“And I thought it was just the best place in town. I loved being down by the creek and walking along the bank, and year after year watching Old Henry grow.” She recalls cozying up in the barn, eating pancakes during Maple Syrup Festival, marveling at the taxidermy animals and honeycombs when the bee hives were added, and enjoying haunted barn events around Halloween. “Learning about nature in all of those ways was wonderful.”
The Blue Bridge, a recent addition to the ICNC trail system, is a prominent fixture in the memories of her youth, as well. She said she loves having been able to watch the growth of the Nature Center over so many years.
Sayde’s mother, Charlene Brooker, credits the family dog with finding their home. “My mom always said that their first baby, a dog named Buster, found the home adjacent to the ICNC,” Sayde recalled. “It was 1975 and they were enjoying a walk on the new trails when their naughty dog ran off. He emerged on Wilder Drive, and my mom walked out of the woods to see him standing in front of three little homes all in a row. She told my father she would really love to live there. Three years later, while pregnant with my brother, Sam, the house went up for sale just when they were in the market to buy. The Nature Center was my front yard, and my backyard was a half acre of food and perennial gardens. My mom still makes beauty wherever she goes.”
And while Sayde no longer lives adjacent to the Nature Center, she remains connected by teaching during Practice in the Prairie, the summer yoga series, and bringing her daughters out to explore the trails or to enjoy Monarch Fest. She appreciates how special it is to have her daughters also grow up knowing this land. She said they especially love organizing their own full moon hikes.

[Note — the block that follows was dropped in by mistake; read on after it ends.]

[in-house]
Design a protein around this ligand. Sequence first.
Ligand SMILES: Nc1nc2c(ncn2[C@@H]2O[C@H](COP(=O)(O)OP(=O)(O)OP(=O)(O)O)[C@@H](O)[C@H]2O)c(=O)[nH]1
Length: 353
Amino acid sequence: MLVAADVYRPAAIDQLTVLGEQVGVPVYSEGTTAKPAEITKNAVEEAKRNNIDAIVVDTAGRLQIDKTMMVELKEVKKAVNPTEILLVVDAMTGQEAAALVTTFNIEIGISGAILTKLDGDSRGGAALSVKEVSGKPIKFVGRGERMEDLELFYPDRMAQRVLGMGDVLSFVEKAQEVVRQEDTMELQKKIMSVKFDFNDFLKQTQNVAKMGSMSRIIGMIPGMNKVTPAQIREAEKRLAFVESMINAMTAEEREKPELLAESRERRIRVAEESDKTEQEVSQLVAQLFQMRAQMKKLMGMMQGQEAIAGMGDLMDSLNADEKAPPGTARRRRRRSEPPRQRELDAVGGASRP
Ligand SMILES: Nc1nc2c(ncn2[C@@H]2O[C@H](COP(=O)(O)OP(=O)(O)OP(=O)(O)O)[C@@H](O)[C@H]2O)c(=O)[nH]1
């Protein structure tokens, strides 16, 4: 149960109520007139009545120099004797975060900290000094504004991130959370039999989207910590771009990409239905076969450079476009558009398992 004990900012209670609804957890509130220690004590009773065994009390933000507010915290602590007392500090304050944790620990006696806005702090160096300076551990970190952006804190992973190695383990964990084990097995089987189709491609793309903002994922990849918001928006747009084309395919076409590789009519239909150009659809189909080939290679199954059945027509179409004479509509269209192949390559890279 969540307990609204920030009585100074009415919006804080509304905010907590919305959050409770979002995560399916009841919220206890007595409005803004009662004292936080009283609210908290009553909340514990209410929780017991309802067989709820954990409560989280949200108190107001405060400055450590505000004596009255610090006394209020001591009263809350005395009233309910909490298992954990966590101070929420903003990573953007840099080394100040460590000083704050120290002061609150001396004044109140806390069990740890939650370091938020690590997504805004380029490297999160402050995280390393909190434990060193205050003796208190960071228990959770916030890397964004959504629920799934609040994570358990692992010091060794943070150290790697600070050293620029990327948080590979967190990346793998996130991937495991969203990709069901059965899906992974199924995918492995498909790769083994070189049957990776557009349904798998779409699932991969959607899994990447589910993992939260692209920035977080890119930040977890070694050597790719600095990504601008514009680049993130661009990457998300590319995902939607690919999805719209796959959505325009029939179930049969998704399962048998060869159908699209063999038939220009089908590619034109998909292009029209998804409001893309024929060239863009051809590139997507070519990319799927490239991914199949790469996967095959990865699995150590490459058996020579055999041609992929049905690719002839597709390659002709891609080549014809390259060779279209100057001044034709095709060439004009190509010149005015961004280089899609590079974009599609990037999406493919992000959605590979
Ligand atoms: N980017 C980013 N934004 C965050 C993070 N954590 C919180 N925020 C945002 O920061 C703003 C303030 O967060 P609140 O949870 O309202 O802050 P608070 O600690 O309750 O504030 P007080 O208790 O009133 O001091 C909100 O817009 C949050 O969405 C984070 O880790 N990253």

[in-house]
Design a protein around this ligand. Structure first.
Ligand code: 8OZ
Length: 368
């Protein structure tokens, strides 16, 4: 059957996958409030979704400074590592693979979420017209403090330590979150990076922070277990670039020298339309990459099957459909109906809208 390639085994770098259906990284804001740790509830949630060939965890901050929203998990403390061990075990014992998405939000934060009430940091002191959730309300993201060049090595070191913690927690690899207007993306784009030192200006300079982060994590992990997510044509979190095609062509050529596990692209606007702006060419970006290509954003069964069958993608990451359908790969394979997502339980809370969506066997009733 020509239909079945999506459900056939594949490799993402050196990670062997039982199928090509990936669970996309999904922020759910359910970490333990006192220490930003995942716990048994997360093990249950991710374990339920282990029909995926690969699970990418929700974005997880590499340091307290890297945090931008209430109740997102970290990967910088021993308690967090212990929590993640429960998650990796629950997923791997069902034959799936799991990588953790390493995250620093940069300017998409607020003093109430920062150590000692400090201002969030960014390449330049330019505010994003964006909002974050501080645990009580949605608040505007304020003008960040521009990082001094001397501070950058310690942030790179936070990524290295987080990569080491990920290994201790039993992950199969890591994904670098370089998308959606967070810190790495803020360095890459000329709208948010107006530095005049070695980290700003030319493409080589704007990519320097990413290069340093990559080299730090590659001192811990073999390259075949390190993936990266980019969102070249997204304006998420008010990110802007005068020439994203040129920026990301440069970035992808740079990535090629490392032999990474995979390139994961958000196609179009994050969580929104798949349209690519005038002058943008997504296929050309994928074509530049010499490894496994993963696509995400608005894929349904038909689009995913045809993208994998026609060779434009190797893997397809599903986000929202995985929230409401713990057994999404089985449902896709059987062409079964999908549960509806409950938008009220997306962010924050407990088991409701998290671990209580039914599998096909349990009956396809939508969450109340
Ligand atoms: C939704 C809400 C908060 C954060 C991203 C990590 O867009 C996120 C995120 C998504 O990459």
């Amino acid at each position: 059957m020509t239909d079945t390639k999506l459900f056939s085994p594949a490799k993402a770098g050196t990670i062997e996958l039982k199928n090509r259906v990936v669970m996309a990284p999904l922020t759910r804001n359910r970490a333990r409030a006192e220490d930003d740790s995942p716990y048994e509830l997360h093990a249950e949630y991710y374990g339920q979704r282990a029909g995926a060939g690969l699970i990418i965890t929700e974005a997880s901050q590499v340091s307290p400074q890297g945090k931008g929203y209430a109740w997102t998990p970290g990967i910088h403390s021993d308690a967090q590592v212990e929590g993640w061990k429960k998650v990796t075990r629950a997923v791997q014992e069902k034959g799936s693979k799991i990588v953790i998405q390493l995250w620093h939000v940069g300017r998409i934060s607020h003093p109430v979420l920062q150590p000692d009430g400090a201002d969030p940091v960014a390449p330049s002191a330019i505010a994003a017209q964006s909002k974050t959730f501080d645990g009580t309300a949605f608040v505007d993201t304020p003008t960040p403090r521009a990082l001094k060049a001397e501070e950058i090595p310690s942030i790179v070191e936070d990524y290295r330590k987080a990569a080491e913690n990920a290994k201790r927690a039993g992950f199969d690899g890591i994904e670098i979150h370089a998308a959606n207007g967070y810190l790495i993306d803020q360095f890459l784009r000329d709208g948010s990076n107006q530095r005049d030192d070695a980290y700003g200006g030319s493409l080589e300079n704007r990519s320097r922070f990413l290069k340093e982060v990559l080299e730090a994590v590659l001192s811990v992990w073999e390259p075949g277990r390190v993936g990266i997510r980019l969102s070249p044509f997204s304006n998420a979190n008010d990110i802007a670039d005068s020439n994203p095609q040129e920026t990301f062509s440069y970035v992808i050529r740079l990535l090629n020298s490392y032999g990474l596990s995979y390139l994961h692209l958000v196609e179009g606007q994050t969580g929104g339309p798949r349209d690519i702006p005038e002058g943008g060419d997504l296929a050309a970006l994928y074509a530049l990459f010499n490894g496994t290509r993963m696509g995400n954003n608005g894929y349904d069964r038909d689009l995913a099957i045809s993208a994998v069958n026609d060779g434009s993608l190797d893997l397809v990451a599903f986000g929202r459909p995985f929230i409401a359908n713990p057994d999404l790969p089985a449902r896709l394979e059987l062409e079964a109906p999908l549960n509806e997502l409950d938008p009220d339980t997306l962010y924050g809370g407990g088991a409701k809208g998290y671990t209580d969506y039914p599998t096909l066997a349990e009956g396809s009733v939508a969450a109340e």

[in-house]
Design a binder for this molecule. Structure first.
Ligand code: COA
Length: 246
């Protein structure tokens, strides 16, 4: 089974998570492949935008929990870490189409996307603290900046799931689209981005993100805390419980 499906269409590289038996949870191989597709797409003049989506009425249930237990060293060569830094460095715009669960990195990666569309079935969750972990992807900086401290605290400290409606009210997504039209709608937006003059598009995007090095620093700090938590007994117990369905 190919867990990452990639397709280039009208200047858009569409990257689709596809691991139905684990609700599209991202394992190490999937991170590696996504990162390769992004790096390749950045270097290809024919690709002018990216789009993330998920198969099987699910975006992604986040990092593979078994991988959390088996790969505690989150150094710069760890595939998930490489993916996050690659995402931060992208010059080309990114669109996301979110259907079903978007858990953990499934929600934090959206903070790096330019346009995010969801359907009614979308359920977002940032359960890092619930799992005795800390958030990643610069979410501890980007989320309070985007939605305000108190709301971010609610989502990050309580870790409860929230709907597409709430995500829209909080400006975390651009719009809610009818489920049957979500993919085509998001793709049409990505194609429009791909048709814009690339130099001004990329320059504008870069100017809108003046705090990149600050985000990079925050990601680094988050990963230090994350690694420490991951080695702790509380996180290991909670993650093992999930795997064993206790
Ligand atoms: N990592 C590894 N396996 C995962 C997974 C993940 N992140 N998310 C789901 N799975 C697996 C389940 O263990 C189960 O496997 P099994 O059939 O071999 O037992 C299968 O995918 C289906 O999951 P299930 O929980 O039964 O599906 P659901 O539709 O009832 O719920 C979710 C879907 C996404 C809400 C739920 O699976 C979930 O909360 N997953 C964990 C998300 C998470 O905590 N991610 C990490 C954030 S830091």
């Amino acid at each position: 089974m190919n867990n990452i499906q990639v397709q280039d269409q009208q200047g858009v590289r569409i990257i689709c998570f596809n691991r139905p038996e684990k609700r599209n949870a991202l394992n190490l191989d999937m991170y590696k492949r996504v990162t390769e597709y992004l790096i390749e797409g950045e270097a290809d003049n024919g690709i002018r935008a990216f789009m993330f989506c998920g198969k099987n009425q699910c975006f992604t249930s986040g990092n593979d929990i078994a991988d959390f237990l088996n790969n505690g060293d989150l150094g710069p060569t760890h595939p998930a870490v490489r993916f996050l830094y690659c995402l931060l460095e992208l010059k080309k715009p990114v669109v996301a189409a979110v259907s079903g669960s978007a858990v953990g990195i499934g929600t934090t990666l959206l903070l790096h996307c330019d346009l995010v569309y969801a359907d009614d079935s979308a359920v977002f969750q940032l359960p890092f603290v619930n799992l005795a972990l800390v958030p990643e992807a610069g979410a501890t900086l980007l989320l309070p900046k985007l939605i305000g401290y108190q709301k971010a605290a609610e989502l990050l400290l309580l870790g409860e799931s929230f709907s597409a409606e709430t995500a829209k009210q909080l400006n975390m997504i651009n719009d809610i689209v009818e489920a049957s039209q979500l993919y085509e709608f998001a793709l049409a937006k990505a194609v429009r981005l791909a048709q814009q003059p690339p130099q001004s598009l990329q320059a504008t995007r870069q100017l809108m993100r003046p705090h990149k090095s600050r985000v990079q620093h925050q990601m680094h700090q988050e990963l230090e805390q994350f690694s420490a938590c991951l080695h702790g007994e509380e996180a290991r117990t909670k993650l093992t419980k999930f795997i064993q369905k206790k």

“I just turned 47,” said Sayde. “So I have grown up along with the Nature Center, just as my mom and dad always planned.”
Sayde has fond memories of crossing the “Blue Bridge” to head to her friend’s house to play. She shared the following about the now iconic color of the Bertram Road Bridge. “The ‘Blue Bridge’ wasn’t always blue! For most of its existence, it was metal, built of steel, and it weathered well for decades, just rusting a tad more every few years. When the County began more extensive maintenance projects, it was painted green, probably a good choice for blending into the surrounding trees that arched over Indian Creek. When it was time for a touch up, the neighbor just across the street from the Nature Center put in a bid. John Osborne was like He-Man to me: strong, smiley, and he drove machines that I didn’t understand and had built a massive teeter-totter and tree swing in his front yard where the neighborhood kids were welcome. He owned and operated Osborne Construction. All of the machines and trucks for Osborne Construction were Osborne blue. When he got the bid to paint the bridge, he had some more of his signature blue mixed up, and alas the bridge has been Osborne blue ever since.”